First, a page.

Manifesto in a Grocery Line

A lot of life happens in the grocery checkout lane. Sometimes when I am waiting to make my purchase, clerical garb and all, people quite naturally engage me in conversation. Recently, however, I had the odd experience of being a catalyst for a conversation between two young men in line—merely by just standing there. I was clearly not invited to participate; it was far from comfortable.
Fr. David Thatcher | 21 January 2010

Source: Saint Mary Magdalene Orthodox Church

 

 

 

 

 

A lot of life happens in the grocery checkout lane.  Sometimes when I am waiting to make my purchase, clerical garb and all, people quite naturally engage me in conversation.  Recently, however, I had the odd experience of being a catalyst for a conversation between two young men in line—merely by just standing there. I was clearly not invited to participate; it was far from comfortable.

 

“If someone could prove to me that there is life after death, I’d consider being good,” said the clean-shaven one.

 

“Nah…,” said the one with the au currant goatee, “you die and they bury you.  That’s it.”

 

“Yeah, no one can prove it.  It’s better to just have a good time.”  And on they went (their language altered to protect the innocent): young buck philosophers in ball caps, buying beer for a Saturday night reverie.

 

My guess was that their conversation was not simply metaphysical speculation—life after death, a God who judges, and all that.  If it was, I would have jumped in with both feet (hopefully not in my mouth).  No … my presence, as clergy, made them uneasy—and they didn’t like that one bit.  Their so-called conversation was more a defiant manifesto, to me and to all within earshot: their lifestyle was subject to no scrutiny by God or man, least of all by a beefy, bearded, bald man in a cassock.

 

Yet, I will not attack the shape of their reasoning. In fact, I would go so far as to say that their logic is impeccably biblical, was it not?  St. Paul said it himself:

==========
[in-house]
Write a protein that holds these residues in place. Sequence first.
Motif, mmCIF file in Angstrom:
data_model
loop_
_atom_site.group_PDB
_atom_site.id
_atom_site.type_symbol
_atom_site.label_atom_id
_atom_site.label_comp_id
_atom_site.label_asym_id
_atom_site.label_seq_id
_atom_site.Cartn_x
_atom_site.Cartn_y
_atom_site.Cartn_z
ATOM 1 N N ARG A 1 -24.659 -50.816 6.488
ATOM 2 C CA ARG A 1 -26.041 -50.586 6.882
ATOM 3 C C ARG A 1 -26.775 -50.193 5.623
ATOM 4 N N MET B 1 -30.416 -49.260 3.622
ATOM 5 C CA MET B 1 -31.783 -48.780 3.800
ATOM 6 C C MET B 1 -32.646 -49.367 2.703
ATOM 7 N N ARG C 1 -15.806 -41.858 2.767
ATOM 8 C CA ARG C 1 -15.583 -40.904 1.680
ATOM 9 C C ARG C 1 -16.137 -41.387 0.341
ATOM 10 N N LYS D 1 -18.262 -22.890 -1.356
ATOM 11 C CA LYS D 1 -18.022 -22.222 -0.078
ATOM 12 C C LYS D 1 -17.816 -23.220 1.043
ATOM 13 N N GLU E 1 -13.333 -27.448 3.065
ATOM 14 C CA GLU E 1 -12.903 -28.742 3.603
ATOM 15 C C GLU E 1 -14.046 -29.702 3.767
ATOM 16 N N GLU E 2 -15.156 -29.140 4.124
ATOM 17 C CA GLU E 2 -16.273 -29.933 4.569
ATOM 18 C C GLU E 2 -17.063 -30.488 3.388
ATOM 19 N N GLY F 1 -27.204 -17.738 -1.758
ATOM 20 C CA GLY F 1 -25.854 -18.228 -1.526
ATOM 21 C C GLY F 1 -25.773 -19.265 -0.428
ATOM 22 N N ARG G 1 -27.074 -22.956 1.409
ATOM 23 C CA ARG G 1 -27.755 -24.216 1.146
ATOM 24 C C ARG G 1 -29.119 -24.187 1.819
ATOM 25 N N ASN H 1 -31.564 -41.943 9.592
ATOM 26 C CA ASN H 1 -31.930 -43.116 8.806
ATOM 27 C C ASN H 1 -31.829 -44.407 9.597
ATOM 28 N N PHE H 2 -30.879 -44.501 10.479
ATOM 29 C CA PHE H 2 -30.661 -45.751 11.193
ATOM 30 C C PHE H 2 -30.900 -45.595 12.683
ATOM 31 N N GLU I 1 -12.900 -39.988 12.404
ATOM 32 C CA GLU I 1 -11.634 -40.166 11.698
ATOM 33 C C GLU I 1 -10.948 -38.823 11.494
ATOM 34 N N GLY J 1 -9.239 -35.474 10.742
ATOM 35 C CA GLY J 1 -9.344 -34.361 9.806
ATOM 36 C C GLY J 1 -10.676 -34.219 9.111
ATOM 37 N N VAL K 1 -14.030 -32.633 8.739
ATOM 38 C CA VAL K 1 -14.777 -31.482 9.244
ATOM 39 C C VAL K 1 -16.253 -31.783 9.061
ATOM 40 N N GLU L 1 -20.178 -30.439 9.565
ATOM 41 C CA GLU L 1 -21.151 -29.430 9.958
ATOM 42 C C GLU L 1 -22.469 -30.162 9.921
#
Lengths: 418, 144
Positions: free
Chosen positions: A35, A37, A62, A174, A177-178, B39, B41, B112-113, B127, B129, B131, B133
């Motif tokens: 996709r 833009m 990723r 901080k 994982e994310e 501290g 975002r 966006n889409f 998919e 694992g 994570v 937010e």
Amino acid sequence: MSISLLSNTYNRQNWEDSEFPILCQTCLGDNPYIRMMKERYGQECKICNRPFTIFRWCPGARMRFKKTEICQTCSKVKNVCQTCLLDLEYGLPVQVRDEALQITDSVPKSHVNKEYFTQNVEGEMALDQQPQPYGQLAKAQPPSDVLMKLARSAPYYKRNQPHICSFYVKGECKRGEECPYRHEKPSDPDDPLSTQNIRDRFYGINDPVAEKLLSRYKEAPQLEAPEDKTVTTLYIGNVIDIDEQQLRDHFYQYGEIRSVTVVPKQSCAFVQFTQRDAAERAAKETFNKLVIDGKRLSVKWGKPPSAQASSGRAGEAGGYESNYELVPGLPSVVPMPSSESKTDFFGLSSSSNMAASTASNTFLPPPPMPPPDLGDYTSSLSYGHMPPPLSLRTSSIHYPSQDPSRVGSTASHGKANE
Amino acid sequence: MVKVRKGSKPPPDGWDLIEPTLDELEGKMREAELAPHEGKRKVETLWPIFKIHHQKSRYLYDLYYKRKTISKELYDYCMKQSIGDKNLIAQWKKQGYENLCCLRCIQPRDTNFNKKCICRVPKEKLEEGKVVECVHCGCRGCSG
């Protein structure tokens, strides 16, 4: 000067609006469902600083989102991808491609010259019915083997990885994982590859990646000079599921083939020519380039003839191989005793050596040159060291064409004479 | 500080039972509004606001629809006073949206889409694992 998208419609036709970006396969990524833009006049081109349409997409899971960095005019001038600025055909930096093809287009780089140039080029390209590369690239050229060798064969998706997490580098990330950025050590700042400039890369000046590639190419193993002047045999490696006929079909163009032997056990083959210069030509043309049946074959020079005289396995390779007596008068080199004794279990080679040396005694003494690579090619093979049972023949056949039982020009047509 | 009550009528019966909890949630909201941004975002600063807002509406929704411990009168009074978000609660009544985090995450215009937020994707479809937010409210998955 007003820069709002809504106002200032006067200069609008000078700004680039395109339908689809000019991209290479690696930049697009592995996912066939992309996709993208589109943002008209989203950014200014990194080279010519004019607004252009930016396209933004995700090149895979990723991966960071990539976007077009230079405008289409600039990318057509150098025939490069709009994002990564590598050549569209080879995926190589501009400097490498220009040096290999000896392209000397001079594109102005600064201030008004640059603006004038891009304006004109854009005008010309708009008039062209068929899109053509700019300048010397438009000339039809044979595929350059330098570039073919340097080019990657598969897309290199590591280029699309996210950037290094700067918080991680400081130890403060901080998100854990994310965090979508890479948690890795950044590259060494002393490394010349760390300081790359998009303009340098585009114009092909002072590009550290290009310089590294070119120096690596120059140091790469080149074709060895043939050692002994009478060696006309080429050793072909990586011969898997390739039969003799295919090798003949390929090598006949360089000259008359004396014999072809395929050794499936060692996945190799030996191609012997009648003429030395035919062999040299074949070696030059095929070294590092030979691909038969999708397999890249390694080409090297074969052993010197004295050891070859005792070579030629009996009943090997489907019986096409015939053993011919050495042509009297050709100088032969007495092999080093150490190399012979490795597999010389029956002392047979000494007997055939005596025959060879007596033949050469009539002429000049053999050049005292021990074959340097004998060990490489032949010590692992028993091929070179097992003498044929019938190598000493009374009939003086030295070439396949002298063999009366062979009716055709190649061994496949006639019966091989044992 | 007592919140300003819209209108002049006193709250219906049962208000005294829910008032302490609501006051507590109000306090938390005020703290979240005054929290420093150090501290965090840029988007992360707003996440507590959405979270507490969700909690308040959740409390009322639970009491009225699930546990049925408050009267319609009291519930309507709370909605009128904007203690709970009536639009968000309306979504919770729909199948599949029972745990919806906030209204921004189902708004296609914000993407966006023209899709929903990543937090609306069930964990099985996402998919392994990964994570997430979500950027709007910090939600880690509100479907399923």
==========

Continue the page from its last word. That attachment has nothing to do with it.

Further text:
“For if the dead rise not, then Christ is not raised: And if Christ be not raised, your faith is vain; ye are yet in your sins.  Then they also which are fallen asleep in Christ are perished.

If in this life only we have hope in Christ, we are of all men most miserable” (I Corinthians 15:16-19).

 

One may doubt whether our two young friends knew that they reflected divine logic, or that they’d much care. Theirs is a far too convenient skepticism: a macho act of bravado masking uncertain hearts.  Why?  Because their logic is only as good as their premise—the Big “IF.”  IF this life is all there is, then….  It is a huge assumption—one that we as Christians obviously do not share.

 

So how do we connect with folks like these?  How do we as Christians persuade the “worldly wise” that they are dead wrong?  First, we are not in the business of proving anything; as Christians: we base our position regarding eternal life, regarding the resurrection, on FAITH. Of course, there are good reasons for believing in the resurrection of Jesus Christ, and so in “life after death.”  But it always comes back to FAITH, and embedded in that is the tremendous reality of HUMAN FREEDOM.  God doesn’t overwhelm us with Himself.  He doesn’t shove anything down our throats when He revealed Himself to us in Jesus Christ.  In fact, if anything, the opposite is true.  God comes to us most meekly, humbly.  God’s glory is the Messiah nailed to the Cross.  Jesus stands before us, the One whose Kingdom is not of this world, as He once did before Pontius Pilate. And He awaits our decision as well: how will we judge this One? As Father Alexander Schmemann once wrote:

 

“God Himself stands in front of us, not in greatness and glory, for then we would submit ourselves to Him as cowardly slaves; no, He stands before us in a crown of thorns and a purple robe. It is only in relation to Him that we are free, as Pilate was free, and in this freedom each of us determines his own eternal destiny.”

 

And so the real question that each one must confront is: What are we going to do with this One called Jesus?  It was Pilate’s question, and we know his answer.  It was also the question that confronted those at the Cross: the Centurion, the thief who believed, and others.  Perhaps these young men, who we do not judge, never really encountered such a one as our crucified Lord.  If only they beheld the Lamb of God, the eternal Word of God become flesh, dying for them, they would finally have all the proof and true freedom they needed.  God knows.

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